Tuesday, July 27, 2010

Groovin' Together

I've been using Grooveshark for awhile now, but I've only recently started to use it to share playlists with friends. It all started with my friend, Lauryn, who I met through my TEFL program. She has great taste in music and I wanted to keep the music dialogue going even after she went back home to Alabama, so we started sharing playlists with each other and it's loads of fun. I'm discovering new music all the time, which is perfect

Sooo, if you're interested, add me! My user name is the same name you see up in the URL, before the blogspot part :)

Here are two songs I'm lovin' at the moment:

"Excuses" by The Morning Benders

"Please" by Ray LaMontagne

Monday, July 26, 2010

I Feel You, Girl.

The other day, while reading about reading, and the authors that make reading possible, I stumbled upon the name Anne Lamott. She's been on my radar for awhile and I've been told on quite a few occasions that I should read her, so when I saw her name and her book on a list of "must reads" for people interested in writing, I decided to read up on Ms. Lamott. Three minutes into reading excerpts from her books, I decided to purchase Bird by Bird. I am impatiently awaiting its arrival.

By the end of my "Lamott excerpt session", I had compiled a long list of quotations by her and emailed them to myself. I also emailed one to my friend, Rachael. It was one I figured she could nod to herself emphatically while reading. (I know I did.)

Rach liked the quote so much that she posted it on Facebook. What followed was an interesting conversation on gender, culminating in 18 comments in a very short time. And rather than fill the Facebook feed with my input, I decided to take to my very own blog.

Here's the quote:

"Part of me loves and respects men so desperately, and part of me thinks they are so embarrassingly incompetent at life and in love. You have to teach them the very basics of emotional literacy. You have to teach them how to be there for you, and part of me feels tender toward them and gentle, and part of me is so afraid of them, afraid of any more violation."
-Anne Lamott

I imagine if you're a [straight] man reading that, the first reaction is one of defensiveness. She's using a word that no person wants to hear- incompetent. Who wants to be described as in incompetent? I don't. But sometimes I am. And sometimes men are. And sometimes men are incompetent in very similar ways to one another.

I agree with this quote. I agree with every part of it. I do love and respect men desperately, yet I do not think there is one topic more turned on its head more frequently in my life more than the "What the hell is WITH men?!" topic. I am 25 years old and I have not lived much, and I certainly have not loved much. I'm not even sure if I have fully. Probably not. But I'm able to read a thought by a fully grown woman and completely relate. I'm trying to figure out if that's a good thing or a bad thing. I'm having a "THIS is what I have to look forward to?! MORE of this?!" moment right now.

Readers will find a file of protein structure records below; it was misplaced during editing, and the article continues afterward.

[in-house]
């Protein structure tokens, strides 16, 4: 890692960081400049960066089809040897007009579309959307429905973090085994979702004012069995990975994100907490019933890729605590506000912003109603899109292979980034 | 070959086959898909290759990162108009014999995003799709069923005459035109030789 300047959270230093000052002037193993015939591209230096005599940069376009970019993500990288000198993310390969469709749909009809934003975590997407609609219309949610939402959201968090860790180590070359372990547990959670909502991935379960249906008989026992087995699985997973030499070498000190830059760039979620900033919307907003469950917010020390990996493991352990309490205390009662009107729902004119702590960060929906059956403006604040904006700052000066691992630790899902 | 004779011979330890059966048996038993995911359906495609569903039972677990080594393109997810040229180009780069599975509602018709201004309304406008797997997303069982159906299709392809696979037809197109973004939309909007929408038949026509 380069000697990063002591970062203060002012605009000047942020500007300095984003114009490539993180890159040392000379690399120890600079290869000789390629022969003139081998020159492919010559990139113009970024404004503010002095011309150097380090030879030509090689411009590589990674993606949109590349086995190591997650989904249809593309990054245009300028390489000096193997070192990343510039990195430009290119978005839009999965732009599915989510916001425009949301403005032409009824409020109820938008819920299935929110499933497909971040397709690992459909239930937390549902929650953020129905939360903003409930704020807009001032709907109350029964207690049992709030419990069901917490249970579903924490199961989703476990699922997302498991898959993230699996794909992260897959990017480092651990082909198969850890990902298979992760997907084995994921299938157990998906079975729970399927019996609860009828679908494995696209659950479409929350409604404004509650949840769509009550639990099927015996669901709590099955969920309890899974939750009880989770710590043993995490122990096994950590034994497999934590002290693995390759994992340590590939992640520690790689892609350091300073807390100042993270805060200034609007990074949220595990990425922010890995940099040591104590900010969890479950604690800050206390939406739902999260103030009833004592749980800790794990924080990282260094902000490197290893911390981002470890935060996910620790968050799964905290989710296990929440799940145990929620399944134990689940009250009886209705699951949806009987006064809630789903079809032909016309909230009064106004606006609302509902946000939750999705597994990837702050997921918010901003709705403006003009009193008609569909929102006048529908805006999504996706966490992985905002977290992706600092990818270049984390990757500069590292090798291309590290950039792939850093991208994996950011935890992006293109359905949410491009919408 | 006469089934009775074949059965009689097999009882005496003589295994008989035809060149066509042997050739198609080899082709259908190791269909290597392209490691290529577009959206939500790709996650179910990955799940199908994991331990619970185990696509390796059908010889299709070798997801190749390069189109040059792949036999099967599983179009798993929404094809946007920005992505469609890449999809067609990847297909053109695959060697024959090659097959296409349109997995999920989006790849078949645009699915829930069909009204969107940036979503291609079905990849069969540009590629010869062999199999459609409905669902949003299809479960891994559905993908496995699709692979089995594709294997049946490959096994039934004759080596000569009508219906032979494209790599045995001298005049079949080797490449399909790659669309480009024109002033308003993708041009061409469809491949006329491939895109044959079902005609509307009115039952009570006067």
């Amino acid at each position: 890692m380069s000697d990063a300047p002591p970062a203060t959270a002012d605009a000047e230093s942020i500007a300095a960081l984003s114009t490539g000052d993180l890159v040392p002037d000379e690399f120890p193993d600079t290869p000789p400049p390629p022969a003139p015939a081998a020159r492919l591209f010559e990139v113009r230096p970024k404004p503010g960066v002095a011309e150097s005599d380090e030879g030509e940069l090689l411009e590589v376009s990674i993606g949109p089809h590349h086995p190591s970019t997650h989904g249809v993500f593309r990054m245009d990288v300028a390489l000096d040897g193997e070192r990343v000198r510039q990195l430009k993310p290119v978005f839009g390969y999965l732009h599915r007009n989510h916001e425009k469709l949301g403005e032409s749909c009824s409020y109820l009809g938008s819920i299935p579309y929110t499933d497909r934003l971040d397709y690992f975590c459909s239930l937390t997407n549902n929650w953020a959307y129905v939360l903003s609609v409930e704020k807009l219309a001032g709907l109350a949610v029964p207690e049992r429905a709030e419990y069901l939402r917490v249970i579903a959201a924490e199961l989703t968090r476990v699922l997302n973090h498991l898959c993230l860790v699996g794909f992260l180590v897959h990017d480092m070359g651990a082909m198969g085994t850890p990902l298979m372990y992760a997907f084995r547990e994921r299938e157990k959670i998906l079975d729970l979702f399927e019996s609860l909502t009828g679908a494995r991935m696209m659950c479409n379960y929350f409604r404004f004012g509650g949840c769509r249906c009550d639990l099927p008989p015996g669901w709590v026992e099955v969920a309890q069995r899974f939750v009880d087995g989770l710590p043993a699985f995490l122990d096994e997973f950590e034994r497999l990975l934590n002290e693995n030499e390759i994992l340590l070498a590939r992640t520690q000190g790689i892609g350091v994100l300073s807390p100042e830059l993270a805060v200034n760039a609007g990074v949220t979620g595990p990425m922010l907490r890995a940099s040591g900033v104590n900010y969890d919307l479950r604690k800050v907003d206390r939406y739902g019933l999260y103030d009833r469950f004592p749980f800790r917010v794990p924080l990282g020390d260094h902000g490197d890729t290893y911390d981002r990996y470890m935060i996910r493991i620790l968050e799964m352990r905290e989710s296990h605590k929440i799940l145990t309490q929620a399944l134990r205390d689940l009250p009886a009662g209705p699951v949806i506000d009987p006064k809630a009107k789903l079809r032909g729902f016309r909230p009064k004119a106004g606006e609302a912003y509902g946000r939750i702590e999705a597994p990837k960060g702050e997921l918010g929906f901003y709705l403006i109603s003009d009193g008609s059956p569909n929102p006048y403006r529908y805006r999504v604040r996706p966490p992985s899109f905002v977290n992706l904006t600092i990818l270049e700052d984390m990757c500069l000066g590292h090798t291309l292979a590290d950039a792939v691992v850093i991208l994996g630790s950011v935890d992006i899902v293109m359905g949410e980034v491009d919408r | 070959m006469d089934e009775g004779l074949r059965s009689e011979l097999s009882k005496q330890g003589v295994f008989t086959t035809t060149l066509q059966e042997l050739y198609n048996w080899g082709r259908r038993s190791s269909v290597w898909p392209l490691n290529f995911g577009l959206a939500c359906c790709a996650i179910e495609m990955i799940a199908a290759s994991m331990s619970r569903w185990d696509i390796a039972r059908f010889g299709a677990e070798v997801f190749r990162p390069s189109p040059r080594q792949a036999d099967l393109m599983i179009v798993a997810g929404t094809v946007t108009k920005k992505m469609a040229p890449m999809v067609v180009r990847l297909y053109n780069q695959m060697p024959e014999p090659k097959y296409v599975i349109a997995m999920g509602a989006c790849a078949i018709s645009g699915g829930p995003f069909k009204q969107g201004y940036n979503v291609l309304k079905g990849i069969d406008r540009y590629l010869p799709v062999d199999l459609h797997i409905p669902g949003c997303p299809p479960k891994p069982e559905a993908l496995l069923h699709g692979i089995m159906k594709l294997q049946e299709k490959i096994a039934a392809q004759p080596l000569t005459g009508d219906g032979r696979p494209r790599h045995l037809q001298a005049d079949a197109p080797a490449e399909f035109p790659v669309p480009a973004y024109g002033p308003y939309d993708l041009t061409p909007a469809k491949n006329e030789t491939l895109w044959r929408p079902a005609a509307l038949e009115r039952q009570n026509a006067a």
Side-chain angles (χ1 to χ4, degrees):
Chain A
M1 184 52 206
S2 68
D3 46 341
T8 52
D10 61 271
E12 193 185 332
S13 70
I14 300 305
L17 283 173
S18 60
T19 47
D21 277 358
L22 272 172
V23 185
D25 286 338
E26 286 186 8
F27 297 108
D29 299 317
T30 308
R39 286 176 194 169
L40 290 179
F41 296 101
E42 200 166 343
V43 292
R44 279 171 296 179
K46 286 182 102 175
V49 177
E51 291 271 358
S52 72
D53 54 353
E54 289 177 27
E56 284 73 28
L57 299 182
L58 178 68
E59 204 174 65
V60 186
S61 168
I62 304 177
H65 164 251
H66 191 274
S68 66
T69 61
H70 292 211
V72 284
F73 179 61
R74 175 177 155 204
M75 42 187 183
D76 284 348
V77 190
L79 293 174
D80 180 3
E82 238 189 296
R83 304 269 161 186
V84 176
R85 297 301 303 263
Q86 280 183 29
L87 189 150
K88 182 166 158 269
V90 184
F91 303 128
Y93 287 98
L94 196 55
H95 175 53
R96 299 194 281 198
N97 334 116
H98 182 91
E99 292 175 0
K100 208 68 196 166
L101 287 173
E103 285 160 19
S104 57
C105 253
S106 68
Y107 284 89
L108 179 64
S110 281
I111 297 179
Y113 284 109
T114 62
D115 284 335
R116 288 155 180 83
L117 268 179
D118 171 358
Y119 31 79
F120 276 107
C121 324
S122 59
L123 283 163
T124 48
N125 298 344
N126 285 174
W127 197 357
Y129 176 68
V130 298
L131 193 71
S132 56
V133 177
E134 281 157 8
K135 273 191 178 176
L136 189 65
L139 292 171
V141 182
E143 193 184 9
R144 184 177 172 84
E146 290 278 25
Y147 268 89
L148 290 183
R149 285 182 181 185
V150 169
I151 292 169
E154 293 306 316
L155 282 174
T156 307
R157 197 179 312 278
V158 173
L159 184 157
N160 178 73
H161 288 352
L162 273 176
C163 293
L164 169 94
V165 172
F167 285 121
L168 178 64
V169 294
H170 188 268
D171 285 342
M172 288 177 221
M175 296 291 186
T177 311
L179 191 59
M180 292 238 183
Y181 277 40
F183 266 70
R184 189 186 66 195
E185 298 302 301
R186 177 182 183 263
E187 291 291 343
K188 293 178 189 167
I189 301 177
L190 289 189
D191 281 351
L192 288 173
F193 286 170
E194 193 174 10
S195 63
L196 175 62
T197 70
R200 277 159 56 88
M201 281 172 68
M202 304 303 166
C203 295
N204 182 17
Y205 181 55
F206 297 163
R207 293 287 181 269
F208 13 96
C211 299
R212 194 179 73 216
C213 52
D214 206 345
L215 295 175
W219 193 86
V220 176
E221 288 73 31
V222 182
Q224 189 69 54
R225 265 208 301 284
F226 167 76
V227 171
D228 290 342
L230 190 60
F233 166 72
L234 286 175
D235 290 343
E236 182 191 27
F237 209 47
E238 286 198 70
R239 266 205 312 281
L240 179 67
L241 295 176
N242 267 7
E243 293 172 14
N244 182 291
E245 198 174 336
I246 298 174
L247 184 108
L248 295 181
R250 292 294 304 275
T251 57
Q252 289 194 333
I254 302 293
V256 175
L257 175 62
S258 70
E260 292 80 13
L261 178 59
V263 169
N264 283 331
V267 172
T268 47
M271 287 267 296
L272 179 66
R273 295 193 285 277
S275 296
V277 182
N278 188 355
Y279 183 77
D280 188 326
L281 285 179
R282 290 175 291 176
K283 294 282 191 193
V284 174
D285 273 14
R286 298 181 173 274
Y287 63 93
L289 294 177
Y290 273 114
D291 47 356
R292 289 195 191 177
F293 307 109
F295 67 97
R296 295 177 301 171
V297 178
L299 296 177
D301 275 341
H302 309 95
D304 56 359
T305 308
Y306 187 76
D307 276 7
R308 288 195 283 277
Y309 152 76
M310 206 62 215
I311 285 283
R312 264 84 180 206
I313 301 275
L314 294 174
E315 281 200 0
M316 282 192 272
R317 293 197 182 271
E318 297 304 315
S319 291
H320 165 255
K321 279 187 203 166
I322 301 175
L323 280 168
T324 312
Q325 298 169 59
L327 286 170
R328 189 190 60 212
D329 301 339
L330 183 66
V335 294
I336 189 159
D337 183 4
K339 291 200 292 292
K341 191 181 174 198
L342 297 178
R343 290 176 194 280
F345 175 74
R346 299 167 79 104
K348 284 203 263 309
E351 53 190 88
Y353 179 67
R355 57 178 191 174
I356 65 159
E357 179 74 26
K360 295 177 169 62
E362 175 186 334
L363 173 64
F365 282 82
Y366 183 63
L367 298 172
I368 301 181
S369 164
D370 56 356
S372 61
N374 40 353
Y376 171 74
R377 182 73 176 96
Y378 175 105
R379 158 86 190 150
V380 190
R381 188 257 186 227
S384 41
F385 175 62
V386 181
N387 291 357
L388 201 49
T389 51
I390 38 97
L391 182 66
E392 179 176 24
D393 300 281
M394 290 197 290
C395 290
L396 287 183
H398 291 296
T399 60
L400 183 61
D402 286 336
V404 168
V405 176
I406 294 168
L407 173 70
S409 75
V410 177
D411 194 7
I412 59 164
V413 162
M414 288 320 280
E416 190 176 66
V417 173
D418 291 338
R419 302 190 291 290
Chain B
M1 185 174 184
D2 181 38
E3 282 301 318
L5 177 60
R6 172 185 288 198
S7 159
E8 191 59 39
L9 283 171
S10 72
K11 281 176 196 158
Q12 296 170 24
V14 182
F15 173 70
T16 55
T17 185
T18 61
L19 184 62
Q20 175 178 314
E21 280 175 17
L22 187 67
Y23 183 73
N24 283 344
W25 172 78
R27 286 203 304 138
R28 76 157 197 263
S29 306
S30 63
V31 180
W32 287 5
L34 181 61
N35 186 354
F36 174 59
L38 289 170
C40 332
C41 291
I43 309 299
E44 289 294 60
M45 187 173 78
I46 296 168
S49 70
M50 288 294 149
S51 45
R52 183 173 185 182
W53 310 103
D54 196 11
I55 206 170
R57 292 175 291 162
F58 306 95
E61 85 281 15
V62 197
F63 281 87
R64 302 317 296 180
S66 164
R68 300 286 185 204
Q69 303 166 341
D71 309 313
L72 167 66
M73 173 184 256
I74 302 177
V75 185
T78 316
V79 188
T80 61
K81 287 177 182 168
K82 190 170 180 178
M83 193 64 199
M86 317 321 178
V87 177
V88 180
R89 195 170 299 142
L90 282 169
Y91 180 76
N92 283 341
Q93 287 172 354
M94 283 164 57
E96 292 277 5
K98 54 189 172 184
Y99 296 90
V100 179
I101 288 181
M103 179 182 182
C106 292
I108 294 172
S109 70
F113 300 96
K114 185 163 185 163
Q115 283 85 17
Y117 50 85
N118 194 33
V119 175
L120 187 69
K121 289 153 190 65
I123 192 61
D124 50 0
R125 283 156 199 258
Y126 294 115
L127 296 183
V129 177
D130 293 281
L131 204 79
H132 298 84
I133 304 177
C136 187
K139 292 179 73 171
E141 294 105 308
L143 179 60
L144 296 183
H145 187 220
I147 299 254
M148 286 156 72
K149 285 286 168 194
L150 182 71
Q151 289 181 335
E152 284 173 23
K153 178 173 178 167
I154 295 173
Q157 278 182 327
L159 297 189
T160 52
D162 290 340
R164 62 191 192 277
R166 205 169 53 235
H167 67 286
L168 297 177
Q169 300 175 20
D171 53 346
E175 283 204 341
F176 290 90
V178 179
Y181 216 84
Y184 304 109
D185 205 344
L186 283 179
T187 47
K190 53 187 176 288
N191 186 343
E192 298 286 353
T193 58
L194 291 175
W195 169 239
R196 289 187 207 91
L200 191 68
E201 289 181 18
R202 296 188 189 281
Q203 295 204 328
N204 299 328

I think that a thought like this, a thought that so many of us women (young, old and in between) can probably relate to, mustn't be discounted. This is a feeling that is true to many women because it has been experienced.

Cave woman probably drew on the walls about this...
-"So, then he grunted and so now I'm like, 'WHAT does that even MEAN!?'"
-"Girrrrl, sure beats the hell out of me."

One of the scariest parts of falling in love IS the fear of violation, of vulnerability and confusion mixed with the desperation, admiration and love. It's terrifying to fall in love with another being who's hormonal and chemical make up is different than yours, who literally sees no problem where you see ten and whose emotional communication is not enough when you feel like yours is at a surplus.

It sucks and it's wonderful. Sometimes simultaneously.

I don't think this quote is a dig at men, but rather an acknowledgement of something that straight women all feel at some point. Is this all men? No. I was raised by an extraordinary man, who happens to be, in my unprofessional opinion, the best dad in the world. (My mom, however, might admit to cracking the whip from time to time, along with his phenomenal mother back in the day.) I've also dated some real winners and maybe one day I'll like one for long enough to say "Hey, you're cool. Let's have a baby!" to him. Maybe.

That being said, I think that there are plenty of commiserations shared amongst men (in brief exchanges, of course) about the complexities of our fair female species. W.C. Fields once said, "All women are crazy; it's only a question of degree." And y'know, I can see why he'd say that. And I could also counter that with the fact that oftentimes men drive us crazy, but then I'd be here for as long as this back and forth has been going on...an eternity.

Friday, July 23, 2010

Total Eclipse of the Heart

So, I saw Eclipse the other night.

BEFORE you judge harshly, consider the following:

1.) I went with my class and it was the only movie in English playing at the theater.
2.) See above.

I haven't seen the other Twilight movies, mostly because I have heard that they totally suck AND because they have yet to be played on a loop on TBS or TNT on a random Sunday afternoon, which is when I usually prefer to watch movies that totally suck. That being said, I didn't go into this expecting much, so I was able to enjoy my time watching the film and giggling at the cheese.